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Live Review: Triple One switch it up on new single 'Sunshine'

19 October 2020 | 12:55 pm | Parry Tritsiniotis

Before Triple One's debut album Panic Force drops in just over a fortnight, they've released its final single, 'Sunshine'.

Triple One are now approaching a two year run that is as momentous as any hip-hop or indie act in recent times. In 2018, they released 'Showoff', a tenacious, fast flowing, high energy and gritty track that put them on the map of the wider public. It highlighted the power of a changing of the guard in Australian rap, as they took from reigns from their predecessors while proudly flaunting a level of bravado and defiance in the face of traditional genre constraints, waving the flag for a new era of acceptance of unique hip hop in Australia.

That single started the transition of Triple One and similar acts being considered outsiders in the Australian music scene, kicking off a two-year period in which they were catapulted to the forefront of progressive local sounds. It also kicked off an exceptional run during which the band delivered their biggest singles yet, intimate EPs and sold out tours, culminating finally this month with the release of their eagerly anticipated debut album Panic Force. With just under a fortnight to go before this album is unleashed, Triple One have shared one final single in 'Sunshine'.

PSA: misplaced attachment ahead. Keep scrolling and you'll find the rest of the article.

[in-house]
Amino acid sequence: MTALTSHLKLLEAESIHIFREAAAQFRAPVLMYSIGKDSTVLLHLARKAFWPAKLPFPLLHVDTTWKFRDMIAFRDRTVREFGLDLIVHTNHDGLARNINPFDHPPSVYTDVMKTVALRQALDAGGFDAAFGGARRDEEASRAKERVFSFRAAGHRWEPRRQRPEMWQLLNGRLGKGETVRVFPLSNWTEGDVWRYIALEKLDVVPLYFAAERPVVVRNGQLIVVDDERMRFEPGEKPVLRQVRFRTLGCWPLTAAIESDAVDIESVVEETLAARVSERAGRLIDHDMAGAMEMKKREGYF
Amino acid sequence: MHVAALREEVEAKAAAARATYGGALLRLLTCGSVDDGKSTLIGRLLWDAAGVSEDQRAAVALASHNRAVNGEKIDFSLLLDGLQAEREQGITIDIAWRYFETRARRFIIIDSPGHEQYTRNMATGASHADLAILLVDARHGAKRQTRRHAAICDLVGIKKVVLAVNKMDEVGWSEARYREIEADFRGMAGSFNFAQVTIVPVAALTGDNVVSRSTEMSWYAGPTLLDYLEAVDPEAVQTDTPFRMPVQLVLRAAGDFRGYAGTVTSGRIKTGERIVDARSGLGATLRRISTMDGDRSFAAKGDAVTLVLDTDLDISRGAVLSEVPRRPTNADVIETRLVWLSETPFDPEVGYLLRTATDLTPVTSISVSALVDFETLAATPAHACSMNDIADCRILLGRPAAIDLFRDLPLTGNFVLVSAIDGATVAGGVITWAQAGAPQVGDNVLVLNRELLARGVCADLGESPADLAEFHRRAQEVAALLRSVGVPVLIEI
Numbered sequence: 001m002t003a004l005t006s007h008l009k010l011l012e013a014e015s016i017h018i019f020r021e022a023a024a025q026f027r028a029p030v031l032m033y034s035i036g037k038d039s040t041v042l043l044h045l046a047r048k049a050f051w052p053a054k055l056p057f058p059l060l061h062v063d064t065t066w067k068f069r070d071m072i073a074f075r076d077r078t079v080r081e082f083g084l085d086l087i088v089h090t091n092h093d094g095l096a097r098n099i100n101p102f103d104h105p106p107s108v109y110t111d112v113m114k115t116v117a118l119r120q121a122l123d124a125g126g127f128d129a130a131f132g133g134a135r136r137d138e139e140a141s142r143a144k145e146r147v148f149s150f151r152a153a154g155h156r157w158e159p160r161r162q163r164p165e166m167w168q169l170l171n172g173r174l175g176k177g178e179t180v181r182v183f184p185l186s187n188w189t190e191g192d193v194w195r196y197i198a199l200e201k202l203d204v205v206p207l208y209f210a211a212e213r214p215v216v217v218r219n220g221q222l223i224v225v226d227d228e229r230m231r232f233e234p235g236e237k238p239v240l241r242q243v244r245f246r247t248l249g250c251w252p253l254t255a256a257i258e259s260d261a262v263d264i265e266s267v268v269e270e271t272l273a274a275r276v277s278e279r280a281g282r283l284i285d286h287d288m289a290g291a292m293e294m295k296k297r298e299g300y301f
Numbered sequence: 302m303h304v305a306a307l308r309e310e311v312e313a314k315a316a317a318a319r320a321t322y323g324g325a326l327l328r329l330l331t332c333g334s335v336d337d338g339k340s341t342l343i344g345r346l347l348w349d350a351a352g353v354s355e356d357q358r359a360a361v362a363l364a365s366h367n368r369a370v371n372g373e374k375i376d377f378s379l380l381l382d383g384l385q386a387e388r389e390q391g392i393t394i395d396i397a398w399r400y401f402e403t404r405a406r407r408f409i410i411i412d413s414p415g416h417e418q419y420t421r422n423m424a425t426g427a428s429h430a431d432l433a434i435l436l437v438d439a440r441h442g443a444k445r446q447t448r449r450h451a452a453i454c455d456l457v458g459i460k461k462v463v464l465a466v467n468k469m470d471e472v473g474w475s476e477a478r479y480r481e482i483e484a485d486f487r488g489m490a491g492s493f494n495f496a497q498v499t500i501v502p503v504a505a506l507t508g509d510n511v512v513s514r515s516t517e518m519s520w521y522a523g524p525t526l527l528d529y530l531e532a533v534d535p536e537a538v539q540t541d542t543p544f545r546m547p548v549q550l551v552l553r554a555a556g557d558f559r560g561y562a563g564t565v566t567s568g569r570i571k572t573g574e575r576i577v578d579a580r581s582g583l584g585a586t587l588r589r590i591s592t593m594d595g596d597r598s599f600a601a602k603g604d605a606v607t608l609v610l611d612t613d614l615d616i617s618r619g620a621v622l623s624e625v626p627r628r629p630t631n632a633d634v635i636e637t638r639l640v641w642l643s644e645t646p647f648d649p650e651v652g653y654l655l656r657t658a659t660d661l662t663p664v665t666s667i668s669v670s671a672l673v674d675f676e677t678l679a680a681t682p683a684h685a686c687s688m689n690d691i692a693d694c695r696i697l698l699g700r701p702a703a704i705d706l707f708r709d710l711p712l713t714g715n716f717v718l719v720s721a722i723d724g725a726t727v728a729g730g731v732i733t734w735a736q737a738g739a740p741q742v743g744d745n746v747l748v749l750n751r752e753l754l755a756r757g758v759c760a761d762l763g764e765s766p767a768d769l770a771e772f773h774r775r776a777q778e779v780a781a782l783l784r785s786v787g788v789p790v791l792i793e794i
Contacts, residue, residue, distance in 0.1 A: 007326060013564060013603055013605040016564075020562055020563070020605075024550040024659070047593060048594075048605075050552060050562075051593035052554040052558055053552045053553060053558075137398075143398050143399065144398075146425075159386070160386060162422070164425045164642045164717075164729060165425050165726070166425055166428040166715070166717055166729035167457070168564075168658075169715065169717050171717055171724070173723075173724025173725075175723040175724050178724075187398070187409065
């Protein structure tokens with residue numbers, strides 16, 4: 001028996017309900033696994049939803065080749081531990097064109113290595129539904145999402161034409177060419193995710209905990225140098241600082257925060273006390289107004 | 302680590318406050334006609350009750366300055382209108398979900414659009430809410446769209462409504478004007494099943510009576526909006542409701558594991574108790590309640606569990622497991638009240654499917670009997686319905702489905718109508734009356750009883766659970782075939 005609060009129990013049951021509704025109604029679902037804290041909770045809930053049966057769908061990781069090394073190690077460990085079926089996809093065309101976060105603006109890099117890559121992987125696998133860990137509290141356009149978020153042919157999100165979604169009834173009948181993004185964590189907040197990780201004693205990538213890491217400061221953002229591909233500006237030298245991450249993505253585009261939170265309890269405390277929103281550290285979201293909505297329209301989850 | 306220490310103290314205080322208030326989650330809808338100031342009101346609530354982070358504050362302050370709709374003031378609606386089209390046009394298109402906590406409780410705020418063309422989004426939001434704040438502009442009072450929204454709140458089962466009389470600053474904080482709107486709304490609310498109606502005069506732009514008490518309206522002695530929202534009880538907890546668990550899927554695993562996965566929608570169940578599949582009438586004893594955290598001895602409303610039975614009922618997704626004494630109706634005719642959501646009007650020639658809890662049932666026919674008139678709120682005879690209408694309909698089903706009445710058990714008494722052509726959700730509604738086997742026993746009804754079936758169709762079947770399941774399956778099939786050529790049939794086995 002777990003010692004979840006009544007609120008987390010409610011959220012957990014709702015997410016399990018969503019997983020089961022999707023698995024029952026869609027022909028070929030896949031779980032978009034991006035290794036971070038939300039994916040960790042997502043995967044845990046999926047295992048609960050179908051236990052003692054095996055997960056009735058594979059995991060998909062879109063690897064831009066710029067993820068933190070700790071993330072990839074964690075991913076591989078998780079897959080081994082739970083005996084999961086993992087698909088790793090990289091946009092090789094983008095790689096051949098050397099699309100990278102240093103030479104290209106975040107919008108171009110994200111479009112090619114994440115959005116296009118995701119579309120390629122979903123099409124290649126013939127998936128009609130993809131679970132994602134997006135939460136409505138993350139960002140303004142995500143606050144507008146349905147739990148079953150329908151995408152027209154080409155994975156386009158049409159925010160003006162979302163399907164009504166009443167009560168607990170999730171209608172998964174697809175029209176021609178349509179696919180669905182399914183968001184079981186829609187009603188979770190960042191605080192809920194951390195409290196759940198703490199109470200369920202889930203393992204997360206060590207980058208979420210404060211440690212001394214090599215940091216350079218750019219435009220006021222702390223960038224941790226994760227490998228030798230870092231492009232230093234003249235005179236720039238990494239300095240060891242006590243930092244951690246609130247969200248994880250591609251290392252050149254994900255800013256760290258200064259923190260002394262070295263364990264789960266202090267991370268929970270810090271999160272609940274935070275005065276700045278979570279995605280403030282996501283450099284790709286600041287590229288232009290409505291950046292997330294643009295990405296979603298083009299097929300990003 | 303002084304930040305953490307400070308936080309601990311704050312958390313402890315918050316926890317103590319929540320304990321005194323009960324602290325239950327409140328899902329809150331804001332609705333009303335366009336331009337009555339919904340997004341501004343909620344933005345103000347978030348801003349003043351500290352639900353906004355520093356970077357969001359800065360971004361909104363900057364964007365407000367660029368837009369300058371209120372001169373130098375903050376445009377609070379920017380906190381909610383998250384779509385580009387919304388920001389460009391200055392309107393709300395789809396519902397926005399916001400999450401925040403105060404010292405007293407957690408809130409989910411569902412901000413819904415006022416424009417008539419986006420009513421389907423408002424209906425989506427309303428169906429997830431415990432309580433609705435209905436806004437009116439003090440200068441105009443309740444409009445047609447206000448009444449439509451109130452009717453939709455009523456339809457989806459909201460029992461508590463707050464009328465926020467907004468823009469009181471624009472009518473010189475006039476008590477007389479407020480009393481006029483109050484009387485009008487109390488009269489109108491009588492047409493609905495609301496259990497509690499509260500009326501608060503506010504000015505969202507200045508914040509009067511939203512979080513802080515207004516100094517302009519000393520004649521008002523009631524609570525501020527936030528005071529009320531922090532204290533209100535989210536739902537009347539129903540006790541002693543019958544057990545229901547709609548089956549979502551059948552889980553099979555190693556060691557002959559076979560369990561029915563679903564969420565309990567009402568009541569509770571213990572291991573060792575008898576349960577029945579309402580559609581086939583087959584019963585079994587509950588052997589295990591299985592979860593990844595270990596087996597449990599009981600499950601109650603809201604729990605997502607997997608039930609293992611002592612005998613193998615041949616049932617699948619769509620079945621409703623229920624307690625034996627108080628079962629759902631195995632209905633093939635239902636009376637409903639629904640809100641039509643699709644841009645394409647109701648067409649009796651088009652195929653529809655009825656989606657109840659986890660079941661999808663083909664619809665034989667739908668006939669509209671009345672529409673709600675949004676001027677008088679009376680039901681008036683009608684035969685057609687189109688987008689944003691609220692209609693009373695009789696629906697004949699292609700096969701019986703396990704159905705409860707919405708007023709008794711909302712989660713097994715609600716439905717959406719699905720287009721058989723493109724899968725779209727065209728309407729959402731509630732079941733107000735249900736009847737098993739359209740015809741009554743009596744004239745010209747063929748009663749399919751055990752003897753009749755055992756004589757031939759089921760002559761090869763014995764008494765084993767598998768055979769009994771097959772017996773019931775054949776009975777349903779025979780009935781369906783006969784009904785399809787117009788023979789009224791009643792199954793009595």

The track opens with a classic soul sample from The Dixie Nightingales, its eerie ‘All I Need Is Some Sunshine’ ringing ominously throughout the track. Laid back percussion combines perfectly with a silkier-than-ever hook from Lil Dijon, complemented perfectly with typically introspective verses courtesy of Obi Ill Terrors and Marty Bugatti. The music video steals the show however, as the members of the band all engage in a, to say the least, cooked evening of speed dating to varying degrees of success. From Billy Gunns in a wedding band, Obi Ill Terrors dressed to impress, Marty Bugatti deep in lust to Lil Dijon playing every imaginable character under the sun, its a tumultuous representation on the power of being under someone's spell.

While the last two Panic Force singles leaned heavily into their emo/guitar roots, 'Sunshine' pulls together contemporary pop-rap tropes, all while brilliantly remaining quintessentially Triple One. It's at once hard as nails and uplifting, and the track's lyrical introspection adds that classic Triple One duality and bittersweetness. With 'Salina' and 'Loverose' before it (as well as one off singles like 'Handyman' and 'Project Revenge') each adding to the vast diversity of the Triple One catalogue, the trio of singles combined prove that Panic Force is shaping up to be an infectious and unique listening experience. I'm so bloody keen.

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'Sunshine' is out now. Buy/stream here.

Panic Force is out October 30th. Pre-order here.

Image: Supplied